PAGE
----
Navigate back to the homepage

Creating my blog with Gatsby and Github Pages

Edwin Torres
May 1st, 2020 · 2 min read

Alright! Today is a great day, many years after I lost my old blog, I’ve decided to start from scratch and create again one blog to publish my experiences and don’t fall in the inertia. Here I will describe my experience creating my own blog using Gatsby and Github Pages.

This article will be structured in

What you will learn?

  1. Overview of Gatsby and GitHub Pages
  2. Creating your project with Gatsby
  3. Publishing your project in Github Pages
  4. Adding Travis CI to automate the deploy process
  5. Next steps

1. Overview of Gatsby and GitHub Pages

First things first. Before to explain you, how to create your site I will tell you more about Gatsby and Github Pages, if you alreay know about them, go ahead to the next step.

Taken from the official website Gatsby is:

Gatsby is a free and open source framework based on React that helps developers build blazing fast websites and apps.

So we can use the power of React, GraphQL, Markdown and some data sources to create really fast web sites, re-using lots of plugins and publishing in many Web hosting, in my case I will deploy in Github Pages.

In other words Github Pages is a free option to deploy hosted repositories in Github, also it give us an easy way to automate this process with some platforms like Travis CI.

2. Creating your project with Gatsby

After I reviewd some tutorials and content in Internet, about how to create my own site with Gatsby, here are my steps.

  1. Follow the quick-start with Gatsby to install the gatsby-cli.
  2. Once you have installed the Gatsby CLI can create your Gatsby project based on some Gatsby templates. To be honest, the simplest way to create your own site is using a template instead of creating everything from scratch. Also you can find some examples made with Gatsby and other technologies.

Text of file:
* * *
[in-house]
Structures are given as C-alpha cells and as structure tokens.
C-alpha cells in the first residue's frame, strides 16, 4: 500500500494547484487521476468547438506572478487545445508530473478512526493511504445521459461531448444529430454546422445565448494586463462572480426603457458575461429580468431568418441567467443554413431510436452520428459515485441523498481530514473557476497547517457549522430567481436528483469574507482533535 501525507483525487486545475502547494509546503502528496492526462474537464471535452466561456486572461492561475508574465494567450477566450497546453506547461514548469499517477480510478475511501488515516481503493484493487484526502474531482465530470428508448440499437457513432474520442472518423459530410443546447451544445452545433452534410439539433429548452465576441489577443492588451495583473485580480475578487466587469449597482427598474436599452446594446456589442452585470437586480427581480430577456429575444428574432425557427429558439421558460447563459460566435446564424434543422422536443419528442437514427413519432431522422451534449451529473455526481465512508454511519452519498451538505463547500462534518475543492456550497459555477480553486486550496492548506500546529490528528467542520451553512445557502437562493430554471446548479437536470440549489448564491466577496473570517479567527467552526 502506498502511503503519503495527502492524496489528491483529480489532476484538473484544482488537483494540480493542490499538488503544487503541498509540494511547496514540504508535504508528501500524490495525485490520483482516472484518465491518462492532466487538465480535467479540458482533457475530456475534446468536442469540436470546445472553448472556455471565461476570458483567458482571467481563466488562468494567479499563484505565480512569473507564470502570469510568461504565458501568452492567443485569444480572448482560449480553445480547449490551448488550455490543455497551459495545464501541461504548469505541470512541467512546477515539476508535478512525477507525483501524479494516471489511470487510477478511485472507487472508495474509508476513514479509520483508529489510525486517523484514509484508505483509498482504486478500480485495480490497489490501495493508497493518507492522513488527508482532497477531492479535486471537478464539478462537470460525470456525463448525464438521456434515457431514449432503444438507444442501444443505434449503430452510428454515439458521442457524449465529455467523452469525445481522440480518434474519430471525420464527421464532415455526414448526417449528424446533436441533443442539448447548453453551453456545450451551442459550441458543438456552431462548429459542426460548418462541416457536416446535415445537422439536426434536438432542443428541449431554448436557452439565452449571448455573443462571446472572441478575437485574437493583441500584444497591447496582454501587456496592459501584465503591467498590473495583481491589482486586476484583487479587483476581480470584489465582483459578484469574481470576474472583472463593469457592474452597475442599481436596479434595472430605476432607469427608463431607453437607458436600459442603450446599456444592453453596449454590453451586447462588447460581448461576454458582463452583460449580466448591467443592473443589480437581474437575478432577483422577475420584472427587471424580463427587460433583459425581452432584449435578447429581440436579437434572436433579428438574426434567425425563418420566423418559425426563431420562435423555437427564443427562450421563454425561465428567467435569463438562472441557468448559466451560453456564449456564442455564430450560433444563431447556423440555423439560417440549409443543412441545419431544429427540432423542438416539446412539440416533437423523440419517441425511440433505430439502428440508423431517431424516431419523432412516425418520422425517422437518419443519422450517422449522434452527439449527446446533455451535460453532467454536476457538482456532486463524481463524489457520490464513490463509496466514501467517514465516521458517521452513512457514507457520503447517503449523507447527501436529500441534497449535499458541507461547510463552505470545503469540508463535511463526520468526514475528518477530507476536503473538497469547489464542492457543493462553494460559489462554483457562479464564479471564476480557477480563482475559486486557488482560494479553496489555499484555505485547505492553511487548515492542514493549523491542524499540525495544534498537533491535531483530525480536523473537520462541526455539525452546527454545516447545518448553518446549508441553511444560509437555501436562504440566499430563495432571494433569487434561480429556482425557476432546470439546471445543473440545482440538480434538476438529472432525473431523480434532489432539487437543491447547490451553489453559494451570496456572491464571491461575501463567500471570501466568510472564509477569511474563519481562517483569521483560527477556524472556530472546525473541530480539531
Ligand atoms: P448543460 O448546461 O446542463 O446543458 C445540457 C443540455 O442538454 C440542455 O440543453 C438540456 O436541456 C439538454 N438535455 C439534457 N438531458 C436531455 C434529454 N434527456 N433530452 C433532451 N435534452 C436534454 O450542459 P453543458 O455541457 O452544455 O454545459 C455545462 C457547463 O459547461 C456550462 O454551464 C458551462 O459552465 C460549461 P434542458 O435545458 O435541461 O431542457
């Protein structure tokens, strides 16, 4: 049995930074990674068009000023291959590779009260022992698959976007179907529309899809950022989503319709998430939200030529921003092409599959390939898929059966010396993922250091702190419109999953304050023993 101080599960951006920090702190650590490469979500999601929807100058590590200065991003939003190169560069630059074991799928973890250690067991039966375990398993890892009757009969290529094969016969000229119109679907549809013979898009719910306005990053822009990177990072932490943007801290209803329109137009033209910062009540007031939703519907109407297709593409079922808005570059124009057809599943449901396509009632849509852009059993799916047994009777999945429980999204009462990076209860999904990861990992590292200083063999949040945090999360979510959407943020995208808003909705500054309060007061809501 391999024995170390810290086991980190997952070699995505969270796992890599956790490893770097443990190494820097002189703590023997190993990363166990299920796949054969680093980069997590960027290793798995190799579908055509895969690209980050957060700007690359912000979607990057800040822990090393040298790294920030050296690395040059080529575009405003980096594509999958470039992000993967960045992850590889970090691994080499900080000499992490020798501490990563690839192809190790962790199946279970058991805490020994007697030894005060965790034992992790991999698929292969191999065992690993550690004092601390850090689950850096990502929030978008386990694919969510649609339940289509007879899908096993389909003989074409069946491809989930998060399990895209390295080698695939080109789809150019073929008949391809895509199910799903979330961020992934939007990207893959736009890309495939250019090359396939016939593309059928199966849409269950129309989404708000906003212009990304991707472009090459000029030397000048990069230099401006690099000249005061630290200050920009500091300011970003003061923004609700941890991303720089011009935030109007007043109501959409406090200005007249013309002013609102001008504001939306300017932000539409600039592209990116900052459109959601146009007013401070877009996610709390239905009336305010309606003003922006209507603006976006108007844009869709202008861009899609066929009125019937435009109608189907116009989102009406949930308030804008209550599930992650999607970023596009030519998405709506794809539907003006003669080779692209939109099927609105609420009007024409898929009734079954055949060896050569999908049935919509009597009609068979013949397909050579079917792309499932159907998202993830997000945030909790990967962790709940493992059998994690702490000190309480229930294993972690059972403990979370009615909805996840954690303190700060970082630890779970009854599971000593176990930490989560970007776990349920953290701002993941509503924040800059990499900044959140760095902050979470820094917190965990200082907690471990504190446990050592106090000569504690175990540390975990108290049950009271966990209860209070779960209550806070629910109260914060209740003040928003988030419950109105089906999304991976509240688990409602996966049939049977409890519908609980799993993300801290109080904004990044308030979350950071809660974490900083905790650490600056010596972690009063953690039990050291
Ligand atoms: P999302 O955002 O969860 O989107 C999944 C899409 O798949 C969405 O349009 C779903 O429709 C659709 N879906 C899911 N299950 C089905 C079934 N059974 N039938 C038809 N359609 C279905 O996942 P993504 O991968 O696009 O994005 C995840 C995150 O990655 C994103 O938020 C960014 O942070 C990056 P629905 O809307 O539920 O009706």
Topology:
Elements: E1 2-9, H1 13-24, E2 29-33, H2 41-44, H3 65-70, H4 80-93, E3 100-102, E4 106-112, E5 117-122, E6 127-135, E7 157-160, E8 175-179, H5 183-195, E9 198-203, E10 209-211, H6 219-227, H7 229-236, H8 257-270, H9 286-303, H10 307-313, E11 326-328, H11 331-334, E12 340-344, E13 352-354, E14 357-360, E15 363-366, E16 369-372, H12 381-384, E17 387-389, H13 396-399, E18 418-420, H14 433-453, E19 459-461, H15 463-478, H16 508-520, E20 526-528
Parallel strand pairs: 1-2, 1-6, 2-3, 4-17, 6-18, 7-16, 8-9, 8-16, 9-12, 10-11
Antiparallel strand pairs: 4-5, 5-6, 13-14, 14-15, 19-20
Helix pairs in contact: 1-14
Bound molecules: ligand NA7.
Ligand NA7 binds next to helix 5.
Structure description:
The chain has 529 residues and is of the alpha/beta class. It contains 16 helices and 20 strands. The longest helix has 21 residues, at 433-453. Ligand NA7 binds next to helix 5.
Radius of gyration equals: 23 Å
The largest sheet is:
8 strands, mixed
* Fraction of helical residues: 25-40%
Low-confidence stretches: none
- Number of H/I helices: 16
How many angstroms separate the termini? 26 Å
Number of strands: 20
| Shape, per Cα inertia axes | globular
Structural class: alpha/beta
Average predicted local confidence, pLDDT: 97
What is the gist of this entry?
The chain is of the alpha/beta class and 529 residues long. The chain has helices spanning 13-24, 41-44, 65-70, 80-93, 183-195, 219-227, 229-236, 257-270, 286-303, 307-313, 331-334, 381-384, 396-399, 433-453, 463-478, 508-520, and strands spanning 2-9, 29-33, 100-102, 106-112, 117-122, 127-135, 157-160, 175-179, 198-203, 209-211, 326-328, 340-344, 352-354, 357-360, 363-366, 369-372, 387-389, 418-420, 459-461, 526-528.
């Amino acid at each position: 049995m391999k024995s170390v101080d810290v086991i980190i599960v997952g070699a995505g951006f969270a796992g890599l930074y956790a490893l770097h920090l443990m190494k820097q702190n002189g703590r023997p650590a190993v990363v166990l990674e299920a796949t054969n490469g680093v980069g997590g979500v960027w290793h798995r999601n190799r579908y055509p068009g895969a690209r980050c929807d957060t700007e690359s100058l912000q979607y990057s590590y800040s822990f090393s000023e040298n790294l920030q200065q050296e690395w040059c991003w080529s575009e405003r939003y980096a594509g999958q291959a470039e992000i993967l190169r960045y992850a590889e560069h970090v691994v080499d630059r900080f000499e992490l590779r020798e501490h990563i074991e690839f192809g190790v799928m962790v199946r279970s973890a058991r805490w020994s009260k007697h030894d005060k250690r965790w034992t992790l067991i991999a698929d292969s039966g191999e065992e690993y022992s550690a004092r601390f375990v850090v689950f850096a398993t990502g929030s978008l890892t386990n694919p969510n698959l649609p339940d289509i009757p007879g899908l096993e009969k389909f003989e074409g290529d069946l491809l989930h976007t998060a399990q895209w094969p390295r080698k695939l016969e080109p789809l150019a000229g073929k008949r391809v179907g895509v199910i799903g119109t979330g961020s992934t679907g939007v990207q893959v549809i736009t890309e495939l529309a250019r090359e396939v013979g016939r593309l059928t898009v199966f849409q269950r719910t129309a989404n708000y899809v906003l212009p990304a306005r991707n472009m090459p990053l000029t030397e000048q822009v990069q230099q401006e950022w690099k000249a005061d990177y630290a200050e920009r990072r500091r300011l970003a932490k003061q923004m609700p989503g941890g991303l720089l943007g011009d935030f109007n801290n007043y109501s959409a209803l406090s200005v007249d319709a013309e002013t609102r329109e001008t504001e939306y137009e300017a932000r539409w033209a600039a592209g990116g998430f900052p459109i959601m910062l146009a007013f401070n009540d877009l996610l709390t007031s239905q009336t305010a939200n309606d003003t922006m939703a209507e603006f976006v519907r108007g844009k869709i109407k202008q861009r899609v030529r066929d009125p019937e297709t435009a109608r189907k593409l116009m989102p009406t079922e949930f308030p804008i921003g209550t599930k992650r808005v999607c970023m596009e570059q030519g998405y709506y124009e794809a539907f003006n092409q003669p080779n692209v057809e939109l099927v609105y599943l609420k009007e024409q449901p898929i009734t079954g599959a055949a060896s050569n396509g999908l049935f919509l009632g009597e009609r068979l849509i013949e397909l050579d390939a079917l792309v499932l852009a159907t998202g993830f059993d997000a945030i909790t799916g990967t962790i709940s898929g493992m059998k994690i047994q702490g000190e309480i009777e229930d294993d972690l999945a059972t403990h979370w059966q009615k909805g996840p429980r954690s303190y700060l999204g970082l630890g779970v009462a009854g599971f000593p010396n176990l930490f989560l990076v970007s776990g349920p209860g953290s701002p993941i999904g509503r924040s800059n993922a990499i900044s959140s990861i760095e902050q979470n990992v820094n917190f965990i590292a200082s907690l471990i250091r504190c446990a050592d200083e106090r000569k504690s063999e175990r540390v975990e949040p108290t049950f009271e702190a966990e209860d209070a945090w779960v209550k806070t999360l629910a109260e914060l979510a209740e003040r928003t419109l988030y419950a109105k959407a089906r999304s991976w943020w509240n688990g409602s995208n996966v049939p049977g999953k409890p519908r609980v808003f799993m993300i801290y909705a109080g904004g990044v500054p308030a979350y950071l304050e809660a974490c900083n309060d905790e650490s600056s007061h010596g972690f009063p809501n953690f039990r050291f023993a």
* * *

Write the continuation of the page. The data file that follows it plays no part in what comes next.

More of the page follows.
3. In my case I’ve created my site based on the beautiful narative theme. Once of the benefits of using this template are:
  • Really good structure to add author and post
  • Can be integrated with Contentful to create dynamic post instead of static post (commits in Github)
  • Can be integrated with Mailchimp to reuse tue Subscriptions for newsletter
  • The styles can be modifies based on the theme-ui
  • The metadata and social networks can be modified in a simple way.
  • Is open source.

If you want to see more templates, you can visit this link.

3. Publishing your project in Github Pages

I will no describe the step by step to publish your site in Github Pages, because in the official page is described really well. However I can provide you some learned lessons.

4. Adding Travis CI to automate the deploy process

In few words, Travis CI is

Easily sync your projects with Travis CI and you’ll be testing your code in minutes!

To be honest, this have changed my perspective and life when is needed to automate the deploy process based on commits in a branch. To deploy your site using Travis CI you need to create a .travis.yml file in your root folder project and add the next configuration.

1language: node_js
3 directories:
4 - ~/.npm
6 email:
7 recipients:
9 on_success: always
10 on_failure: always
12 - '12.13.1'
14 depth: 3
16 - npm run build
18 provider: pages
19 skip_cleanup: true
20 keep_history: true
21 github_token: $GITHUB_TOKEN
22 local_dir: public
23 on:
24 branch: master

You also can follow this article to get more details.

  • You can achieve the same result using Circle CI

5. Next steps

It’s hard to tell you all things you can do with Gatsby, however you can start reviwing:

Join our email list and get notified about new content

Be the first to receive our latest content with the ability to opt-out at anytime. We promise to not spam your inbox or share your email with any third parties.

More articles from Edwin Torres

Engineers Survival Guide

A set of notes from Engineers Survival Guide by Merih Taze, that I've found pretty insightful.

August 25th, 2022 · 4 min read

Atomic Habits

A set of notes from Atomic Habits by James Clear, that I've found pretty insightful.

August 21st, 2022 · 1 min read
© 2020–2022 Edwin Torres
Link to $ to $ to $